microservices adoption   anti-patterns   software delivery metrics  

Anti-pattern: microservices as the goal

In a previous post, I described the Microservices are a magic pixie dust anti-pattern. Another anti-pattern that I’ve observed is an organization making the adoption of microservices the goal. An executive might, for example, announce a microservices transformation initiative and expect every development team to “do microservices”. Development teams then scramble to “do microservices”. Perhaps, a team’s annual or quarterly bonus is affected by how well they “do microservices”. In an extreme case, it might be depend on how many microservices they have deployed.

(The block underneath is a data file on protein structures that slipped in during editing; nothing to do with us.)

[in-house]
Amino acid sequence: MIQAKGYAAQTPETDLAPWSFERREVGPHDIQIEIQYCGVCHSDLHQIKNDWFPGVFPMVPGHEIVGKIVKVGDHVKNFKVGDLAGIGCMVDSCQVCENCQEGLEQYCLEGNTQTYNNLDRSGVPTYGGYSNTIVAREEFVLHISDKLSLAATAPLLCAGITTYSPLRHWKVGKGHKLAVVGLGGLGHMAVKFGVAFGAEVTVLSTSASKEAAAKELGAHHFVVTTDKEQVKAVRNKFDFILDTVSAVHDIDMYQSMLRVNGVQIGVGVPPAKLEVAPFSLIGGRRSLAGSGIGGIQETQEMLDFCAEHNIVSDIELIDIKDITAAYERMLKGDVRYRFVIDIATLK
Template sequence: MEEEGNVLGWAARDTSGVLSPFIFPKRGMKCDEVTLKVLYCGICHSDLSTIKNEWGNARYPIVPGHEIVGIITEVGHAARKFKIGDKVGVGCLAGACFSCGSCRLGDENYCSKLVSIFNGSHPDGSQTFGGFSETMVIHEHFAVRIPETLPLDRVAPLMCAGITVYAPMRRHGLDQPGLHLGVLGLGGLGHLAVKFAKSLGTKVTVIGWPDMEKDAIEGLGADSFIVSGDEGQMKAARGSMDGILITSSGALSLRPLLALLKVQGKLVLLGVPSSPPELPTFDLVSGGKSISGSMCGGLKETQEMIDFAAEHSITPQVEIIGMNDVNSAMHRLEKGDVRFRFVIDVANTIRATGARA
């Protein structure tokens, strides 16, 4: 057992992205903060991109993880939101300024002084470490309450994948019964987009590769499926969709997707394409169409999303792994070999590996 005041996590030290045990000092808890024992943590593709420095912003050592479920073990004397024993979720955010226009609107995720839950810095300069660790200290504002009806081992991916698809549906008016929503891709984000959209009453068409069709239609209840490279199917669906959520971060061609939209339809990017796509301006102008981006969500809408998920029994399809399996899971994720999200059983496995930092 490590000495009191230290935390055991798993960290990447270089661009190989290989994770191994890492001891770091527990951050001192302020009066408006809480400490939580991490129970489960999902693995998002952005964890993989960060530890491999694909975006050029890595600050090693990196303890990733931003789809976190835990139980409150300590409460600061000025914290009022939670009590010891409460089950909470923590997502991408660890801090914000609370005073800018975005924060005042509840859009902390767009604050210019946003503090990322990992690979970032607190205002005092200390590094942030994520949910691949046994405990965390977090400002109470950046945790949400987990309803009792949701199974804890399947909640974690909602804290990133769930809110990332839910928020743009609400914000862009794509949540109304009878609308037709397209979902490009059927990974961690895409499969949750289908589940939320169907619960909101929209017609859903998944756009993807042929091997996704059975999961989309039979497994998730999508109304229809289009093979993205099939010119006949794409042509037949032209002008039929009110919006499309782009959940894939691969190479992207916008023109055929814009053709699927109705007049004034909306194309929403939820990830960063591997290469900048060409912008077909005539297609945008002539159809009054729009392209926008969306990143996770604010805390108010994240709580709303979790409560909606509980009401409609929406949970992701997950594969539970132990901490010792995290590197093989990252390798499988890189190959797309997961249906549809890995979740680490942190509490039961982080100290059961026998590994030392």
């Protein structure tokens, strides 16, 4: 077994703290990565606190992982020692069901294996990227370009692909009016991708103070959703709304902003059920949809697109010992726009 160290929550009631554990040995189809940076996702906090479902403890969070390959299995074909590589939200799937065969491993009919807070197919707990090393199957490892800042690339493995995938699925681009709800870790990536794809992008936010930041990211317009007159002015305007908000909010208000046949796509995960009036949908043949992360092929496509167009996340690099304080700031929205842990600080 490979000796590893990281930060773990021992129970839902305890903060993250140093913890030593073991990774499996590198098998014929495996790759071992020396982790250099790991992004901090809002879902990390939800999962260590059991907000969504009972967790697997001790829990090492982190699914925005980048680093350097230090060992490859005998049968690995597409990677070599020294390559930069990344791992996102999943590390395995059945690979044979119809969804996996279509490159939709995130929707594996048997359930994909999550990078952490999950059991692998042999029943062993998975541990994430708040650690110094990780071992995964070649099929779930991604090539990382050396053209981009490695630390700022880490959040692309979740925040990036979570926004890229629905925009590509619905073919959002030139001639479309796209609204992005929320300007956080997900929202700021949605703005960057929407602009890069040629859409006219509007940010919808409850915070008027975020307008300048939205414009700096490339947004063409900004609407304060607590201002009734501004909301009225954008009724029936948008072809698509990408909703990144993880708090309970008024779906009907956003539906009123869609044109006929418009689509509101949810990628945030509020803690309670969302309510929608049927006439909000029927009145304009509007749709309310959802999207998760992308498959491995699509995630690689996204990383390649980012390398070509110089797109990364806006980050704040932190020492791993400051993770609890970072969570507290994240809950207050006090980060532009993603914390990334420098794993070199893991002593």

Consequences

On the one hand, adopting microservices is a major undertaking and high-level support is essential. But on the other hand, the problem with making microservices the goal is that it ignores other obstacles to rapid, frequent and reliable software delivery including:

  • Inefficient processes and practices - waterfall process, manual testing, manual deployment
  • Silo’d organization - e.g. development hands off code to QA for testing.
  • Poor software quality - the application is a big ball of mud, the code is anything but clean, etc.

An organization that suffers from these problems might not benefit from adopting microservices. It might even make things worse. Also, requiring a team to adoption microservices, risk imposing an architecture on a development team even when it does not make sense for their application.

A better approach